During the time of Shakespeare, the relationship between Scotland and England was undergoing a complete transformation. Previously, both countries were continuously at war with each other. When both countries became Protestant, tensions were reduced and it helped to create peace and understanding until they were united in 1603 when King James VI of Scotland became King James I of England. By this time, many Scots had visited England and likewise, and both had come to appreciate each other and disregard past thoughts of each other. This enabled Shakespeare to, “in 1606, write his Tragedy of Macbeth, a play with a Scottish setting and with Scottish characters calculated to arouse the emotions of any audience, not only as a flattering tribute to the new Scottish King of England, but also secure in the knowledge that his words would not fall on unsympathetic ears” (Rae, 35).


From this information you will be able to understand many things that have to do with the political history that is involved with the play. The knowledge of the real story of Macbeth and other events will help to understand how Shakespeare wrote his own “history”. The information on kingship in Scotland and England will help to explain Duncan’s error in declaring Malcolm as his heir. Learning the history of the character Banquo will show how Shakespeare targeted the play to the liking of the new Scottish king, James I of England. It is also good to know that during the time Shakespeare wrote Macbeth, England and Scotland were just starting to become friendly with each other. This helps in understanding why Malcolm was able to flee to England with no trouble. Shakespeare’s Macbeth, is an attempt on the authors part to incorporate underlying tones of Scottish political history to impress King James who united England and Scotland.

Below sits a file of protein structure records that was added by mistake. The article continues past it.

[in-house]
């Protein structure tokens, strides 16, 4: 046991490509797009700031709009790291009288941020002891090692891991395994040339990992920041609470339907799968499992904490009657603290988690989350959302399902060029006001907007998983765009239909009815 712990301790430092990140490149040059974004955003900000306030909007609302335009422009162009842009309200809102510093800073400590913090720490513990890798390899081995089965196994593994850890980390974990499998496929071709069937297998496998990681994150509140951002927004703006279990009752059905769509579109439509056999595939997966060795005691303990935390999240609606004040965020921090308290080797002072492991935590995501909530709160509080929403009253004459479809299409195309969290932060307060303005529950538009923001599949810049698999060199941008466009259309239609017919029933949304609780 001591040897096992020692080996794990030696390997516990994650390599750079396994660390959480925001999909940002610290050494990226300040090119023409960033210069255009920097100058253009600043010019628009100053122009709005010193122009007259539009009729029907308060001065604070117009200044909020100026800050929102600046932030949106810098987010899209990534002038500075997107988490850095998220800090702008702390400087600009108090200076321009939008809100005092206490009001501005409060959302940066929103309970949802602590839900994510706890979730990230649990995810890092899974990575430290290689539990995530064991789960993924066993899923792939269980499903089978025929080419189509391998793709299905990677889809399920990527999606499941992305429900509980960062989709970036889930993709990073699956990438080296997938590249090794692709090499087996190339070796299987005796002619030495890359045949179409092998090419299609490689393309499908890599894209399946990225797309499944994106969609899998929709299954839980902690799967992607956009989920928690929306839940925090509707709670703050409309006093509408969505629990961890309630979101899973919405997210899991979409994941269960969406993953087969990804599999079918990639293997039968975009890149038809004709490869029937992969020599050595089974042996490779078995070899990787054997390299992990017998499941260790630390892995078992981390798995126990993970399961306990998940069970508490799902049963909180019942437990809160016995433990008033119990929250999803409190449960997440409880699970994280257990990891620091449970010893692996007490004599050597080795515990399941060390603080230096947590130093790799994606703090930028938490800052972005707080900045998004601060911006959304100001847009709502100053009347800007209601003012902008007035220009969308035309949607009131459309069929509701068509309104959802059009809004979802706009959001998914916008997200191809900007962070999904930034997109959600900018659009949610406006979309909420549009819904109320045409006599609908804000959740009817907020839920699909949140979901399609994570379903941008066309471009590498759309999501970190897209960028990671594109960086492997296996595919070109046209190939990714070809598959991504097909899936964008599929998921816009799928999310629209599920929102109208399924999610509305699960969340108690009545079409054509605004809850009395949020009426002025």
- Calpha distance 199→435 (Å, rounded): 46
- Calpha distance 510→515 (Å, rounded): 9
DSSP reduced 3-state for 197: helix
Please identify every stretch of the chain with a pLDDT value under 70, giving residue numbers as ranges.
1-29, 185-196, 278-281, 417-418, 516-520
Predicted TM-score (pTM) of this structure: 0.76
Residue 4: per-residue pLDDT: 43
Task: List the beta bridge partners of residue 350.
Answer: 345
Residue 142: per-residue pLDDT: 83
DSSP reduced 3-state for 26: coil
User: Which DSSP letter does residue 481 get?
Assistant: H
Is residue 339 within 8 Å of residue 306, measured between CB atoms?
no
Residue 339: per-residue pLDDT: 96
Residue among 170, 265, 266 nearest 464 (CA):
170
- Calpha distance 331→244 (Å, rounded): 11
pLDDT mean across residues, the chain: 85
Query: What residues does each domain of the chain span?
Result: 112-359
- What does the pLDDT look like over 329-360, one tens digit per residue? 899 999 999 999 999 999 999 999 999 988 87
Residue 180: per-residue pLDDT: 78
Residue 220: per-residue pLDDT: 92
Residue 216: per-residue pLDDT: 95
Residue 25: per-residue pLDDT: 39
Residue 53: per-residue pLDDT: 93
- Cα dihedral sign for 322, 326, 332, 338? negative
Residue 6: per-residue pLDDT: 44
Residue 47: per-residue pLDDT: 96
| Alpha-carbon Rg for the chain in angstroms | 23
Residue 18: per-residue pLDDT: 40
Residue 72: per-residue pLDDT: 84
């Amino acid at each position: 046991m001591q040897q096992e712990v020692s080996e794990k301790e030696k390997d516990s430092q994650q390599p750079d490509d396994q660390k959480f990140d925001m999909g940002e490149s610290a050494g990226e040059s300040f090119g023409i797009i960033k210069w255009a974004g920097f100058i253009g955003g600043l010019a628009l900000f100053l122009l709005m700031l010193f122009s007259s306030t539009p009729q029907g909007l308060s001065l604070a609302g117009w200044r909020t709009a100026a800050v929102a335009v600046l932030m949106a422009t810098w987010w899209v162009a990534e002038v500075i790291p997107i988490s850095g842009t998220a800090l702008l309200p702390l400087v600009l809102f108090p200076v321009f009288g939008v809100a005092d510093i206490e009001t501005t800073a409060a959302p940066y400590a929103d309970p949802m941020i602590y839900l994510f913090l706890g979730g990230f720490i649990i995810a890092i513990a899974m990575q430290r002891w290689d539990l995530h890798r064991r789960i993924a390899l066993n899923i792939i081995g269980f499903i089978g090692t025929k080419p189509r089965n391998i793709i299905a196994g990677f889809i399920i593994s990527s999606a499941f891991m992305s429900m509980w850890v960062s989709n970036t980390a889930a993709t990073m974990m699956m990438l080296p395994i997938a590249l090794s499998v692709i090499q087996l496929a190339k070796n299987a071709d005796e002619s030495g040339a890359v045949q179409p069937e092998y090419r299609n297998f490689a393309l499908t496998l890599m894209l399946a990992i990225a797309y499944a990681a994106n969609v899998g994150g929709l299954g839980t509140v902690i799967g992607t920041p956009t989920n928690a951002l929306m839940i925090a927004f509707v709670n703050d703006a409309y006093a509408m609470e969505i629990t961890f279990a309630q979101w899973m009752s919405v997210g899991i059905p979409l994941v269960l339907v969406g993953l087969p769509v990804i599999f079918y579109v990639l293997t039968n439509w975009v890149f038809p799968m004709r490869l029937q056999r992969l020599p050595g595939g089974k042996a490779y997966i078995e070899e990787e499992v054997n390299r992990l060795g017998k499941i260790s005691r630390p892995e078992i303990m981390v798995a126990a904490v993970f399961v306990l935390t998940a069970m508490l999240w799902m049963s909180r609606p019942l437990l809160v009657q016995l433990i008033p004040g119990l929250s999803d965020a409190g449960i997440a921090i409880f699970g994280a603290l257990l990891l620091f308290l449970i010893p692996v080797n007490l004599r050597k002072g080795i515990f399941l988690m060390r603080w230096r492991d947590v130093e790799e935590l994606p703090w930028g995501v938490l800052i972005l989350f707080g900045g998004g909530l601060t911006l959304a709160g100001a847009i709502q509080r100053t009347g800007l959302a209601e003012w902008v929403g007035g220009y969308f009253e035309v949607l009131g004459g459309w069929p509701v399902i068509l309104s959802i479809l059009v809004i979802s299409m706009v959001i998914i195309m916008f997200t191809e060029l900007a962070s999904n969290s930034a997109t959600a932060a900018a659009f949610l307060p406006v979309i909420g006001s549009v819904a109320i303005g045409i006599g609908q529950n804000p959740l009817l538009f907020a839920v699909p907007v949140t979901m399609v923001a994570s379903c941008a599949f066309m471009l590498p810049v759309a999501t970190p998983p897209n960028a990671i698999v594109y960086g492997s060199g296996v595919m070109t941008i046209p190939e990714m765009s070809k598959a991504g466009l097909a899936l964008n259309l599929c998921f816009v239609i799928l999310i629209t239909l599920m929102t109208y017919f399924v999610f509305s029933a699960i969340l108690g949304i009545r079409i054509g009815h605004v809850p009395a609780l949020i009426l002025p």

Works Cited

Cantor, Paul A. “Macbeth and the Gospelling of Scotland.” Shakespeare as Political Thinker. Alvis, John E., and Thomas G. West, eds. Delaware: ISI Books, 2000.315 – 351.
Fisher, Andrew. A Traveller’s History of Scotland. 3rd ed. New York: Interlink Books,1997.
Glover, Janet R. The Story of Scotland. London: Faber and Faber Limited, 1960.
Nostbakken, Faith. Understanding Macbeth: A Student Casebook to Issues, Sources, and Historical Documents. Connecticut: Greenwood Press, 1997.
Rae, T.I. Scotland in the Time of Shakespeare. New York: Cornell University Press,1965.